Photos: UK ambulance staff follow nurses in strike over pay | In Pictures News

Thousands of ambulance workers in the UK have started a one day strike on Wednesday, a day after the nurses stepped out, with unions and the government exchanging blame allegations for putting lives in danger.

The government advises people not to play contact sports or take unnecessary car trips to reduce the risk of needing an ambulance, as paramedics, operators and technicians across England and Wales held the biggest march in three decades.

Three ambulance unions went on strike for 12 or 24 hours. They have pledged to respond to life-threatening calls, but officials say they cannot guarantee everyone who needs an ambulance will receive one.

Health Secretary Steve Barclay told Sky News: “Today the system is going to be under tremendous pressure. “We’re telling the public to exercise their common sense about what they do, mindful of the pressures that are mounting on the system.”

Stephen Poweris, national health director of national health service in the UK, advises people not to be “blindly drunk”.

“It’s the season of parties, before Christmas, so enjoy yourself but obviously don’t get so drunk that you need to go to the emergency room,” he said, to the hospital’s emergency room. institute.

Healthcare workers and other public sector workers are looking to raise wages in the face of decade-high inflation that stood at 10.7% in November.

Prime Minister Rishi Sunak’s Conservative government argues that double-digit increases in the public sector will push inflation even higher.

Union leaders accused the government of deliberately prolonging the strike.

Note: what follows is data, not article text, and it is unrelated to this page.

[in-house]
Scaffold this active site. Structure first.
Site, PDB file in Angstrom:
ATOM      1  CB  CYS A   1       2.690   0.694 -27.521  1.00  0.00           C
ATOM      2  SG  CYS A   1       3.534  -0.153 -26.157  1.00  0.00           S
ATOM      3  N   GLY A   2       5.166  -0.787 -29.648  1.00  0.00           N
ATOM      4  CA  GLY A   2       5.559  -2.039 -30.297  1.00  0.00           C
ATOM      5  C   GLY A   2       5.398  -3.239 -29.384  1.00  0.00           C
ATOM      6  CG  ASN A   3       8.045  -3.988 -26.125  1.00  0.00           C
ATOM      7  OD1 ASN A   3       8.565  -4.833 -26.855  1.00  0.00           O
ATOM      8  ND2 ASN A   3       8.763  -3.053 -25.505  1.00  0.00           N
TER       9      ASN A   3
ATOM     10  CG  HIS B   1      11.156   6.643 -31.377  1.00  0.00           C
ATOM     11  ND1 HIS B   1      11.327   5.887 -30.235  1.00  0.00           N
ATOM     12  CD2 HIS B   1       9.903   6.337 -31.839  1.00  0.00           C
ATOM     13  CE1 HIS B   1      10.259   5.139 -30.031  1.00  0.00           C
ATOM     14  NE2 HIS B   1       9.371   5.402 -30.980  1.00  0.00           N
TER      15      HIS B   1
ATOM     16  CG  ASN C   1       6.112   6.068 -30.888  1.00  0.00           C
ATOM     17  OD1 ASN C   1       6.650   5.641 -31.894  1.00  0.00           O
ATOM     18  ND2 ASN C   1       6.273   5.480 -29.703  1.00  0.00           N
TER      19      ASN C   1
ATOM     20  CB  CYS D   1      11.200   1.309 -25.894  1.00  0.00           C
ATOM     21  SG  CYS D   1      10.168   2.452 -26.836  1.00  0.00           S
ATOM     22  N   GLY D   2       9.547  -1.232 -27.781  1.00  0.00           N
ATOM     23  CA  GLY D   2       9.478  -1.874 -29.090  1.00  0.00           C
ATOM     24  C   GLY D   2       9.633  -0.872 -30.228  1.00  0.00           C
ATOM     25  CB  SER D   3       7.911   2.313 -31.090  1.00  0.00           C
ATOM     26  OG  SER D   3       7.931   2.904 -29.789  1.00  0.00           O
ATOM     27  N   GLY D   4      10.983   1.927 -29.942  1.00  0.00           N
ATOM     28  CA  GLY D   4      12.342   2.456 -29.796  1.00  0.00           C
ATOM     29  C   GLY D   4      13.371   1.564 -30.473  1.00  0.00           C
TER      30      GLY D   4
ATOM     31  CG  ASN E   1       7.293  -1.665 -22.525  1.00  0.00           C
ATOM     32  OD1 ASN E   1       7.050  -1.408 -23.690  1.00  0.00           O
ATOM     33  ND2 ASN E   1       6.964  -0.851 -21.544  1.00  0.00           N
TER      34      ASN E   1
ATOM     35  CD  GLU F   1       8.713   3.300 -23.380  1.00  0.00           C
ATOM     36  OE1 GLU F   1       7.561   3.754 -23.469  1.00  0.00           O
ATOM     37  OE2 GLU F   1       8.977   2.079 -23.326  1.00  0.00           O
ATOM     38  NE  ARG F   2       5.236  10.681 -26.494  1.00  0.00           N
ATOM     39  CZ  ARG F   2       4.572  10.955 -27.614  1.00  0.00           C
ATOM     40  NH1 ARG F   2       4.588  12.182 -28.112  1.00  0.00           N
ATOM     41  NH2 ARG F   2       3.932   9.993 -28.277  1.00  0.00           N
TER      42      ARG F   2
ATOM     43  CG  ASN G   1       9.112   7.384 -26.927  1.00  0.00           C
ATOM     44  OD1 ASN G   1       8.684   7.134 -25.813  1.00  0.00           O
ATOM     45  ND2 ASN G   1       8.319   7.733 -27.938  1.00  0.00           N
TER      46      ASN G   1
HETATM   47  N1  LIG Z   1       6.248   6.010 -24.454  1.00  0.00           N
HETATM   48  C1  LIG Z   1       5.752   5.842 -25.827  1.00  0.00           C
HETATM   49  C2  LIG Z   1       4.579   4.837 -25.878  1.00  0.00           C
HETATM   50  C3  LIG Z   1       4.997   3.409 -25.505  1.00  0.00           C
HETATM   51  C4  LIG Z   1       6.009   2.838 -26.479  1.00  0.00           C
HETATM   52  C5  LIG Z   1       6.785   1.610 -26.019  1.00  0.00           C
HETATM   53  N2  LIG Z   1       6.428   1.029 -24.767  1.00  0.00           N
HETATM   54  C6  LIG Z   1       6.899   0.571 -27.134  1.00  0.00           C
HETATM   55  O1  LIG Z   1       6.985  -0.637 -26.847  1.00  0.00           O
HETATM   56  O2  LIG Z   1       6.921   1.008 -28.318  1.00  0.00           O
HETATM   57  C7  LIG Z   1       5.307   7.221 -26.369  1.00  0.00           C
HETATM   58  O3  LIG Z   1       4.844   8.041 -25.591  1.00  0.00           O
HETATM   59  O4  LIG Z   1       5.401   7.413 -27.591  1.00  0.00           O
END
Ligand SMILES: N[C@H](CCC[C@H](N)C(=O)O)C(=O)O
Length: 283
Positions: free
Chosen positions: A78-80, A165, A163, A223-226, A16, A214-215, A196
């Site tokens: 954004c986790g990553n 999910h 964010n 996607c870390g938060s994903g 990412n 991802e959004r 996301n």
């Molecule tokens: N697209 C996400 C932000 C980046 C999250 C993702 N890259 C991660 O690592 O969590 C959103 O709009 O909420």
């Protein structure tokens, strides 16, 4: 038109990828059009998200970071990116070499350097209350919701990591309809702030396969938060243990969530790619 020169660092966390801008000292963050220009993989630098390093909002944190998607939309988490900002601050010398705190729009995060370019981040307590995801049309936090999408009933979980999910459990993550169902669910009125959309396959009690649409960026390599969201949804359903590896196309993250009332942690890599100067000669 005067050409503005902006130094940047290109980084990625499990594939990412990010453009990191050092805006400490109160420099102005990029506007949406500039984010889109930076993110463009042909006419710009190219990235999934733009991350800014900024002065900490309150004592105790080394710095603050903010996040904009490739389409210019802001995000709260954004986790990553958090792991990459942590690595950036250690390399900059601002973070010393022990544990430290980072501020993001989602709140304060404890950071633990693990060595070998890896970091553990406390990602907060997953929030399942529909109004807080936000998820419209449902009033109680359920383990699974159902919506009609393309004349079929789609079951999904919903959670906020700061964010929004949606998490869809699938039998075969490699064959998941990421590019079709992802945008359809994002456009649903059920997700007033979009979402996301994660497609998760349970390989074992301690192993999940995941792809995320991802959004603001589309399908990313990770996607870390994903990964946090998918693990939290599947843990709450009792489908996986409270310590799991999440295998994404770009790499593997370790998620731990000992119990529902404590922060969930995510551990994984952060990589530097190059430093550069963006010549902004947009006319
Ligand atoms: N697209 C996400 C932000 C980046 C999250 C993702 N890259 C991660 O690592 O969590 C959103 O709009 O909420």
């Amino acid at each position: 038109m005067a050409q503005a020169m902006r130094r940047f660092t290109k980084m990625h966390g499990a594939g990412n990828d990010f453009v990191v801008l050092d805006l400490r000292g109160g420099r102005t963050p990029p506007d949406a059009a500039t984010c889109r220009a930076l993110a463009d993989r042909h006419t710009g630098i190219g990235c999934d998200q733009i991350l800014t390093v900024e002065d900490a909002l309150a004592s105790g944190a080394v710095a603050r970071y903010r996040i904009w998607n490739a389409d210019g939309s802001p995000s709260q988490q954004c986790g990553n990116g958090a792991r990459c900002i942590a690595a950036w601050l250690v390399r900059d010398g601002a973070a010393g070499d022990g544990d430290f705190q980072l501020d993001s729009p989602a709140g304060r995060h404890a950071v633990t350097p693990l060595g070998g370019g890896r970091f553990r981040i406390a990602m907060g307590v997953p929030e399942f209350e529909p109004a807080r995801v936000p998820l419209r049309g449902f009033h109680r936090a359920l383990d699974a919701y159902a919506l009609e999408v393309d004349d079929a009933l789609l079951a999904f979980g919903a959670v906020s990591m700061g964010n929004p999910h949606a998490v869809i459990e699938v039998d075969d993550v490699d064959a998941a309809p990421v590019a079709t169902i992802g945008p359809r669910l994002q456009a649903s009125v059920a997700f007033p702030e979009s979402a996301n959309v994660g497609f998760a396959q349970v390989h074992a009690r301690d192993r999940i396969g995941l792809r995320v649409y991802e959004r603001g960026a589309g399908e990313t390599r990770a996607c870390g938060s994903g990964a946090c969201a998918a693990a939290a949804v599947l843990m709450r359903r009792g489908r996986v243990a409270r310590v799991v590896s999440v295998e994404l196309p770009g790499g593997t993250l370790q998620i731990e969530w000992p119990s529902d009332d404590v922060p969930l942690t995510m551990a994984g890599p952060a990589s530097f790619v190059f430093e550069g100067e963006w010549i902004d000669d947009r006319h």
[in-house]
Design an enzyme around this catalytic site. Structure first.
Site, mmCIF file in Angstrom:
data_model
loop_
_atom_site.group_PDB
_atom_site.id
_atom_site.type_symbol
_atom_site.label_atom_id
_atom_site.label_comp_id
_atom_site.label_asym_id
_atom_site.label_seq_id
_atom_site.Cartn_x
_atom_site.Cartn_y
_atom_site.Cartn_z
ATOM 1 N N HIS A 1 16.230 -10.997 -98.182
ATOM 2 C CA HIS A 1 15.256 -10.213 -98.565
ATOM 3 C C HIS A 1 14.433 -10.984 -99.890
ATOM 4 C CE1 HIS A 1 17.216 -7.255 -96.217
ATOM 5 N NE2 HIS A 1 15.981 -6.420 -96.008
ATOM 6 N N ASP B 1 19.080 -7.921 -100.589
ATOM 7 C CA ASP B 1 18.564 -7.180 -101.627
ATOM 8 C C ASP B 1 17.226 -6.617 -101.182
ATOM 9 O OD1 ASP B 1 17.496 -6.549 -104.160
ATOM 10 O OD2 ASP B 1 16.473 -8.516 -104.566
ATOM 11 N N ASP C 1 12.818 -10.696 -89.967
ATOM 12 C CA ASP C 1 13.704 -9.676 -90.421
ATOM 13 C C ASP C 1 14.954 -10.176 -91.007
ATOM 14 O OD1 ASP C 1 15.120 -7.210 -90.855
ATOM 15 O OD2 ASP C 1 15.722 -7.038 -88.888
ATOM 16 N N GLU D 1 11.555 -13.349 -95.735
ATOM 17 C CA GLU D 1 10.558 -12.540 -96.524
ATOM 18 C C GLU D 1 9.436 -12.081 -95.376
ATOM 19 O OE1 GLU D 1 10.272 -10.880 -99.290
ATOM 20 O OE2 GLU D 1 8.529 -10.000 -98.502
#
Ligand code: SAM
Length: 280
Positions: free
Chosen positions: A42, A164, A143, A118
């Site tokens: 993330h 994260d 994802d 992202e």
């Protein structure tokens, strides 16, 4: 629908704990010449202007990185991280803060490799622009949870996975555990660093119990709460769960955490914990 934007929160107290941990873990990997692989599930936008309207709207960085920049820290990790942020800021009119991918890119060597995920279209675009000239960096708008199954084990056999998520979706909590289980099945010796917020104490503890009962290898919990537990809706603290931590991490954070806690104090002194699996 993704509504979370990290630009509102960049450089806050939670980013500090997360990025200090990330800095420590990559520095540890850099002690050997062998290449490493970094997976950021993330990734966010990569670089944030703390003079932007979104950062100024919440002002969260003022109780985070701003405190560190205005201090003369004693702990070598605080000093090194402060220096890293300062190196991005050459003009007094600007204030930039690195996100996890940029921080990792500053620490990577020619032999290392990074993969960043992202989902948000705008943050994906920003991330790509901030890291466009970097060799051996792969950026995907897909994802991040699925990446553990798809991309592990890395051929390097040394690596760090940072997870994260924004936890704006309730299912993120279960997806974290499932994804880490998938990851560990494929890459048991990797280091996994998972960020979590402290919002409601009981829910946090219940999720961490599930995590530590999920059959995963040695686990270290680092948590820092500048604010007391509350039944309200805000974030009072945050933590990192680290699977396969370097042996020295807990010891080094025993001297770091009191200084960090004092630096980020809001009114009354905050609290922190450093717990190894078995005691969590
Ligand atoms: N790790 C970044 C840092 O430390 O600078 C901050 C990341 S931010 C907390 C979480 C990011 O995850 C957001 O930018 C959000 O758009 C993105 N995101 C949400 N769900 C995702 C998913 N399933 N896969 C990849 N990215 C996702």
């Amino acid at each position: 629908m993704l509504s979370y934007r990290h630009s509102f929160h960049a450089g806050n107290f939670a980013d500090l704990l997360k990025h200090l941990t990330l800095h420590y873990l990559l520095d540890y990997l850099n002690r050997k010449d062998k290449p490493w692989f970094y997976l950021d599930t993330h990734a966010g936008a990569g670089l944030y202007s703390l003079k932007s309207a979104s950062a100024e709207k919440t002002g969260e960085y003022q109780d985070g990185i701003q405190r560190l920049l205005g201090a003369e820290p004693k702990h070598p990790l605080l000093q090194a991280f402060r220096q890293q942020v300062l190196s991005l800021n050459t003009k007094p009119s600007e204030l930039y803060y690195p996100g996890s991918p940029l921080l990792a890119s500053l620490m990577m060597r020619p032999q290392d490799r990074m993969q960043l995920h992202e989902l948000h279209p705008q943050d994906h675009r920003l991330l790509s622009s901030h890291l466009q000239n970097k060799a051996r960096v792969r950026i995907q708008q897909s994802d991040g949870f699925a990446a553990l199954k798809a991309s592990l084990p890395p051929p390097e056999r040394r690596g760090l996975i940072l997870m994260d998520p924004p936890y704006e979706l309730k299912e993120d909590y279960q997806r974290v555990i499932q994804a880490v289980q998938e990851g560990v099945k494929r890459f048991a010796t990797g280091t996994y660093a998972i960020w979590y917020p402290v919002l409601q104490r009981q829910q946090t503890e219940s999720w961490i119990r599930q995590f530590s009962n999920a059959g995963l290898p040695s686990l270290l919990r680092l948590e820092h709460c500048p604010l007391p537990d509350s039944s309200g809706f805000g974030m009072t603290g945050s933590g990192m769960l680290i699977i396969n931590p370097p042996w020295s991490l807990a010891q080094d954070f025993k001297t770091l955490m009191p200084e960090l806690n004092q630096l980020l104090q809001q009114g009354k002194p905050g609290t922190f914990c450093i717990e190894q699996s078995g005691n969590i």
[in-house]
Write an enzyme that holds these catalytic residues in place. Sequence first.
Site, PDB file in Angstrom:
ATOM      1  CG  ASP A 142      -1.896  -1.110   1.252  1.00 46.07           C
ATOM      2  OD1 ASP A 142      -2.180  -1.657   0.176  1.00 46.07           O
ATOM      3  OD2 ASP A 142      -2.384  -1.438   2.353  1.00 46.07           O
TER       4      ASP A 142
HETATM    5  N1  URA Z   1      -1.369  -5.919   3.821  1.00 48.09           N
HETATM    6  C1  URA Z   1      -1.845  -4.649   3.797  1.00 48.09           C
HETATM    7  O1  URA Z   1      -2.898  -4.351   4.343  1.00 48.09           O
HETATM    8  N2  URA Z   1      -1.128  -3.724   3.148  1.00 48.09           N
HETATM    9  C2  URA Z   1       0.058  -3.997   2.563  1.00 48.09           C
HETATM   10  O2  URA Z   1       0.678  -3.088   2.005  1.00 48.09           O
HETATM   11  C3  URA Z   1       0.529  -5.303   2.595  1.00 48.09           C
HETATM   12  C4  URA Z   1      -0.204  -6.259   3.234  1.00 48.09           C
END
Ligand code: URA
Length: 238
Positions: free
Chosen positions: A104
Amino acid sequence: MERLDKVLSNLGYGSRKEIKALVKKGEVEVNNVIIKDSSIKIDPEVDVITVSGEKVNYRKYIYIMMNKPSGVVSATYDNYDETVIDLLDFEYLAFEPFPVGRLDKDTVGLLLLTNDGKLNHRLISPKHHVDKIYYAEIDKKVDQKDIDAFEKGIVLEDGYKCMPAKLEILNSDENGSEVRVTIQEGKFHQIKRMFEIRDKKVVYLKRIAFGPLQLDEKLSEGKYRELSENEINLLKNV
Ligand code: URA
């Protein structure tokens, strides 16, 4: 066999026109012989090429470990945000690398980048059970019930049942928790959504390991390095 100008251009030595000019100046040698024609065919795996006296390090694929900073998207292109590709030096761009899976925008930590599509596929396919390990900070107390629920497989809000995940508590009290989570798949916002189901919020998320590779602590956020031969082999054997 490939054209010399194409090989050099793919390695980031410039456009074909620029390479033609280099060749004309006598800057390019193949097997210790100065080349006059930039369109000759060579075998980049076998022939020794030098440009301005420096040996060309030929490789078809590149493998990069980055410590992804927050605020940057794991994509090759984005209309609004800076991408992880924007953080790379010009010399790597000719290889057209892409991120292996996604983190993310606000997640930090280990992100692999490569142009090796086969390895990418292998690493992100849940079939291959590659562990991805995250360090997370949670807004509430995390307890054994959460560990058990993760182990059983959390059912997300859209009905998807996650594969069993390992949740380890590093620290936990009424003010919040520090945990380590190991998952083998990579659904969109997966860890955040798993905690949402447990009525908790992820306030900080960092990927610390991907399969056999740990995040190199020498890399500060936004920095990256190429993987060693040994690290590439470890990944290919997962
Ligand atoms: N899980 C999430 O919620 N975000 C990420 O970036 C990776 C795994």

“I have never seen such a departure from a leadership role from Rishi Sunak and the medical secretary,” said Sharon Graham, leader of the Unite union that represents several ambulance workers.

nurse also staged two days of strikes this month, putting pressure on the health system already strained by increased demand as pandemic restrictions are eased, in addition to staff shortages due to burnout. and Brexit, making it harder for Europeans to work in the UK.

Official statistics show that ambulances in many areas are regularly stuck outside hospital emergency departments, sometimes for hours because there are no beds for patients.

Ambulance crews will strike again on December 28. Railway workers, passport workers and postal workers are also planning to strike over the Christmas holiday season.

The UK’s biggest wave of strikes in decades is a response to a cost-of-living crisis caused by soaring food and energy prices following the COVID-19 pandemic and Russia’s invasion of Ukraine.

Due to industrial action, people across the UK are faced with hospital appointments, train cancellations and winter holiday travel delays. But opinion polls have suggested a high level of support for workers.


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